Should we be delighted or disturbed that junta leader Gen. Prayuth Chan-ocha’s declared this week that he’s now a politician?
Prayuth, who also occupies the post of prime minister, surprised many Wednesday when he said his soldiering days were done and that he was now a politician.
“I have to change today because I am not a soldier. Do you understand? [I am] a politician who used to be a soldier, so I still carry some soldier habits,” Prayuth told the press on Wednesday.
Those welcoming this news regard it as a sign that elections are on the horizon and Prayuth willing to submit himself to becoming a more restricted post-election PM as made possible by the 2017 junta-sponsored constitution.
This would be better than endless, direct military rule with Prayuth wielding absolute power, wouldn’t it? Some even applauded the 63-year-old retired general for being honest that he has finally morphed into a politician, three years and eight months after leading the 2014 coup.
This may be too optimistic, however, for Prayuth is still a dictator today, with absolute power guaranteed by the current charter until a new elected government reports to work.
What kind of politician is unelected, holds absolute power and bans others from engaging in politics or even meeting?
Answer: a junta leader who’s turned in his stars for cufflinks to disguise himself as a junta politician.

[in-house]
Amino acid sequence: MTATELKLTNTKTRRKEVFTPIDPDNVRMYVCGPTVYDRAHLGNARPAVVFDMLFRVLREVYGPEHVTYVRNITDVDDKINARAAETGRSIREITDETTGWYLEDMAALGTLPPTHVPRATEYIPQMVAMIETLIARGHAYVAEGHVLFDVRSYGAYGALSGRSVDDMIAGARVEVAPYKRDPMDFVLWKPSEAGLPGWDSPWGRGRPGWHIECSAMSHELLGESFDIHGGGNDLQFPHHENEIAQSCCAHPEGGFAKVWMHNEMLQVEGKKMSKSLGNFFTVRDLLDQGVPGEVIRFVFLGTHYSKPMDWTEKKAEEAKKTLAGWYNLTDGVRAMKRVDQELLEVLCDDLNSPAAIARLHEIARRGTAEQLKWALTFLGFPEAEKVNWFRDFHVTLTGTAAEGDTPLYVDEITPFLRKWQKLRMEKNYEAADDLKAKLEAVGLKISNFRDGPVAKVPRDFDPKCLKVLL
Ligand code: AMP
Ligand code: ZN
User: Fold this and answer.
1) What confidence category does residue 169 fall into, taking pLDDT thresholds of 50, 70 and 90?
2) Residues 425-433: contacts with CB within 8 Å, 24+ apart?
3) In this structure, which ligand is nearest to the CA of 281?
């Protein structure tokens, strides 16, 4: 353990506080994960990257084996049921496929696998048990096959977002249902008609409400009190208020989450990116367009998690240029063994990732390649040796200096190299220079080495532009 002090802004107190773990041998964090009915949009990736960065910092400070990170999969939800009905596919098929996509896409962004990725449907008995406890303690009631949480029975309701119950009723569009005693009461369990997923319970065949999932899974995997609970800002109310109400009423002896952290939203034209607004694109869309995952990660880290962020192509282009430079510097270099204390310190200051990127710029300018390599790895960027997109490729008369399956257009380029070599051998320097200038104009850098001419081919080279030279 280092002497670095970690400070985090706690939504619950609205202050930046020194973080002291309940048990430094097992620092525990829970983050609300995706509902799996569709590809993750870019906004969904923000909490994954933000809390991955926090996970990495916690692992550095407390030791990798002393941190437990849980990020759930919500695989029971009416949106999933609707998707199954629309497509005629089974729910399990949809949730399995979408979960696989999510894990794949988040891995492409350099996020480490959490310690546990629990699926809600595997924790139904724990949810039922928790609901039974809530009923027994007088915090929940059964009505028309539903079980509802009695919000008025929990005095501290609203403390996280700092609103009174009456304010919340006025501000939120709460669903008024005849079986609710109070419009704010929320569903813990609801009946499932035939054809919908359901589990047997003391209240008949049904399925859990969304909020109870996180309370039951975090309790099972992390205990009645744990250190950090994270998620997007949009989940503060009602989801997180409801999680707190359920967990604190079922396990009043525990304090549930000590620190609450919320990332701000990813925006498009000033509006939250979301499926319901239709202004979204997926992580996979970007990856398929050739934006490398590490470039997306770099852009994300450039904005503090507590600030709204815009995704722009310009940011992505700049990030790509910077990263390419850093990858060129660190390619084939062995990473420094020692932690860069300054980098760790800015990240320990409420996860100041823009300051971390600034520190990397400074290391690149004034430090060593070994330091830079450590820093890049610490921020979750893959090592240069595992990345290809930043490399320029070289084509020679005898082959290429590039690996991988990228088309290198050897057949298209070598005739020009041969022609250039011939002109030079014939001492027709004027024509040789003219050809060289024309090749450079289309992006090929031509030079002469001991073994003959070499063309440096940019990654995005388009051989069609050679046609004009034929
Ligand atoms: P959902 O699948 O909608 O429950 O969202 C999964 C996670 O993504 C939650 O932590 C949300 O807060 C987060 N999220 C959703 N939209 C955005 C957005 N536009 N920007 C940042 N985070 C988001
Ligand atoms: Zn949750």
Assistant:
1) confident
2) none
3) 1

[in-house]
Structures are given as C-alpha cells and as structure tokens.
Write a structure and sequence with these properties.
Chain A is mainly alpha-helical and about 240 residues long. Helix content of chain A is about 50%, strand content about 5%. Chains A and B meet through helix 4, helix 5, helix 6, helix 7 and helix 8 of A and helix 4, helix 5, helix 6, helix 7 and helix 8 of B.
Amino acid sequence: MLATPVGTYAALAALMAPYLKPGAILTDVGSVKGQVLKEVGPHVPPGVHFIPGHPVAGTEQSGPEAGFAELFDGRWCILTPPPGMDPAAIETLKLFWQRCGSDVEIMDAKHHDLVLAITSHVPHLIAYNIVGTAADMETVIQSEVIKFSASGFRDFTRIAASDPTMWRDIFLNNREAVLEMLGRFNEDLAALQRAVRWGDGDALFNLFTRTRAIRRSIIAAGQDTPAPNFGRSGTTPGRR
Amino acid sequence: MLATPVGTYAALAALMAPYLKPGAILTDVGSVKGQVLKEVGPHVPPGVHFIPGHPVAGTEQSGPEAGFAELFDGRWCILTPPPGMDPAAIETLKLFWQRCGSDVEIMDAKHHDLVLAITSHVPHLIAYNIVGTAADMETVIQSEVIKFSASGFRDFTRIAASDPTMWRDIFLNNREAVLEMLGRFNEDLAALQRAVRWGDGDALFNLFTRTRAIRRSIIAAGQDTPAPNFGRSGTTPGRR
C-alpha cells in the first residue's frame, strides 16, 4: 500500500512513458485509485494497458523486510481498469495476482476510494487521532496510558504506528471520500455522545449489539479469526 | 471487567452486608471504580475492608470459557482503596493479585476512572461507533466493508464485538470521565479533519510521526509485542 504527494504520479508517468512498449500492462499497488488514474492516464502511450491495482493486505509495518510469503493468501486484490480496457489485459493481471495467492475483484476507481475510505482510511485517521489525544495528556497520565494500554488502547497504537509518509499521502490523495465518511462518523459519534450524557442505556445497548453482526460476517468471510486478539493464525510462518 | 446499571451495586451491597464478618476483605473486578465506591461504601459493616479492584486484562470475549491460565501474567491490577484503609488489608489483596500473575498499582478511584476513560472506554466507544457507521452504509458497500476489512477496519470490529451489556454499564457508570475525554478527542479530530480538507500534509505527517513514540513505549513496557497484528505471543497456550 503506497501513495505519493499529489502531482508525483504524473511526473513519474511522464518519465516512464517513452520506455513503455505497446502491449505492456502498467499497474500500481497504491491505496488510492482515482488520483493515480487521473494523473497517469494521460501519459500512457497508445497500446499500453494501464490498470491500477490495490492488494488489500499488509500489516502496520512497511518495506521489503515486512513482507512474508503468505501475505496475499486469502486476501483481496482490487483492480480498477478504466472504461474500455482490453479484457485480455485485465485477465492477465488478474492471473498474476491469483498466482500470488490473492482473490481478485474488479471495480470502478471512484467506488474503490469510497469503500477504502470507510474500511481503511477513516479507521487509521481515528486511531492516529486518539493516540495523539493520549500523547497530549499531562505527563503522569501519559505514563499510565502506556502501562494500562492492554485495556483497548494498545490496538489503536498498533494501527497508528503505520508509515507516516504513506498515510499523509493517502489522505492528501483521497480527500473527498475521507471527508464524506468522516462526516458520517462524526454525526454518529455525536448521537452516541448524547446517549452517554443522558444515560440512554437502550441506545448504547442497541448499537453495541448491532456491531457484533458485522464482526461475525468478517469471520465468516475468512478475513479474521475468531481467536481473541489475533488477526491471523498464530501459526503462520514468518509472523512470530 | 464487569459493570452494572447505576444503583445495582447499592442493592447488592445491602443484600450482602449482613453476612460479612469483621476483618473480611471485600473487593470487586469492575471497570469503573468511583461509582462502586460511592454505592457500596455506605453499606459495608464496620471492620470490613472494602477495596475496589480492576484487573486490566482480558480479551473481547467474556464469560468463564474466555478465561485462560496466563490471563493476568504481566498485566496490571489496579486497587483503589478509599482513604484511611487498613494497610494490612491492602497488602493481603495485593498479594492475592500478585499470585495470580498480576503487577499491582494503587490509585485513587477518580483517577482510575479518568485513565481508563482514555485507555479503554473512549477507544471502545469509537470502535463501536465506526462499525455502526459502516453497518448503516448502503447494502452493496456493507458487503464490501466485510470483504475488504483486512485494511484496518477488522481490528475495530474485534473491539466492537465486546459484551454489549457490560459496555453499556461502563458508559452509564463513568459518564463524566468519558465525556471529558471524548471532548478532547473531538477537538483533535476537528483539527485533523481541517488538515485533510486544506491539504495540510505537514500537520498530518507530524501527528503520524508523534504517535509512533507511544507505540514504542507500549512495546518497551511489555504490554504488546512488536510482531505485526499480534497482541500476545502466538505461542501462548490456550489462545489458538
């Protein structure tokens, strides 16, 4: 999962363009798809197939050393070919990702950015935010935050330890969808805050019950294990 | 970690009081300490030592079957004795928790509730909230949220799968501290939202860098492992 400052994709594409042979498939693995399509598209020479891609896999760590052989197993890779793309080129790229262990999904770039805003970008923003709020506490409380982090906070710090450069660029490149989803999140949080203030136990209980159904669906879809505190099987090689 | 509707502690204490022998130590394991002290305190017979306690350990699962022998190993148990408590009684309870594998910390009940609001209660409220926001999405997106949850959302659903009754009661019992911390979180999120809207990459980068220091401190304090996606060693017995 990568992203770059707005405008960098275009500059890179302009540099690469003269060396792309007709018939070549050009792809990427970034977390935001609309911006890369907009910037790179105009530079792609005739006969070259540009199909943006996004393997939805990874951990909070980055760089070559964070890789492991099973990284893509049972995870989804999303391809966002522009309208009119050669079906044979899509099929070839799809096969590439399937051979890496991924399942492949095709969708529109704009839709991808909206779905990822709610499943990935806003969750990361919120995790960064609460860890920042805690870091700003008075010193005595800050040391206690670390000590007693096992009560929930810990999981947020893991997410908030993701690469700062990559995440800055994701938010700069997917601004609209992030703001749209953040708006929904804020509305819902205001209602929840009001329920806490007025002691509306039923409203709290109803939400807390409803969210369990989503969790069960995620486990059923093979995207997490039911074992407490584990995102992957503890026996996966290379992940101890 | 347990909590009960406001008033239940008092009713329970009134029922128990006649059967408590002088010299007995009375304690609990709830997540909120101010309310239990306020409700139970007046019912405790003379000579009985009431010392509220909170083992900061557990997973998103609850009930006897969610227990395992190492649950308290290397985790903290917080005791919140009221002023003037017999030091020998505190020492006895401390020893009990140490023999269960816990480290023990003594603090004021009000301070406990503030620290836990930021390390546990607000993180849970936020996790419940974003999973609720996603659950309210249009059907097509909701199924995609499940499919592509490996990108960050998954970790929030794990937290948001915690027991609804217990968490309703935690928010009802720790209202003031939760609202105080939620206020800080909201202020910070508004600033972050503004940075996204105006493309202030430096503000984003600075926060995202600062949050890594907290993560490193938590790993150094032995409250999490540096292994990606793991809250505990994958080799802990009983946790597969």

While the traditional variety of corrupt politician may rely on money, patronage and nepotism, the junta politician owes his career to guns and tanks and the supported of those more than fed up with abusive and “corrupt” elected politicians.
Should we be delighted that this breed of politician, the junta politician, may control Thailand for the next five years, if not longer?
Why should anyone rejoice at the prospect of long-term military entrenchment in Thai politics under the guise of an elected government with an Upper House virtually handpicked for five years by junta leader, oops, politician Prayuth?
Masking military rule, which is obviously illegitimate in the eyes of many, under a seemingly legitimate elected government risks further perverting Thai democracy, which is already suffering from a handful of powerful traditional politicians.
This semi-military rule would gain a veneer of legitimacy by way of the ballot, if it prevails in the promised election, now believed to either be late this year or early the next.
While I am not for endless rule by Prayuth as military dictator, I am alarmed by Prayuth the wannabe politician.
Hybrid military rule under the guise of an elected government will further blur the line between what is legitimate and not.
There seems to be no other option at present as opposition to current military rule is feeble and mostly exists only in virtual reality, on social media platforms such as Facebook and Twitter.
Absent a third choice, pro-democracy groups will have to chart new terrain for struggles under what could be an elected, proxy military government.
The struggle gets more complex if traditional politicians collude to prop up the elected military government by joining a military-aligned party.
Prayuth may shed his uniform, but he is deepening military interference in our civilian and political life.
Beware the dictator donning a lounge suit and claiming to be a politician. It’s just another form of camouflage, albeit for the battle of the ballot box.
Junta leader Prayuth as camouflaged politician is simply another attempt at continuing military rule under the guise of an elected government.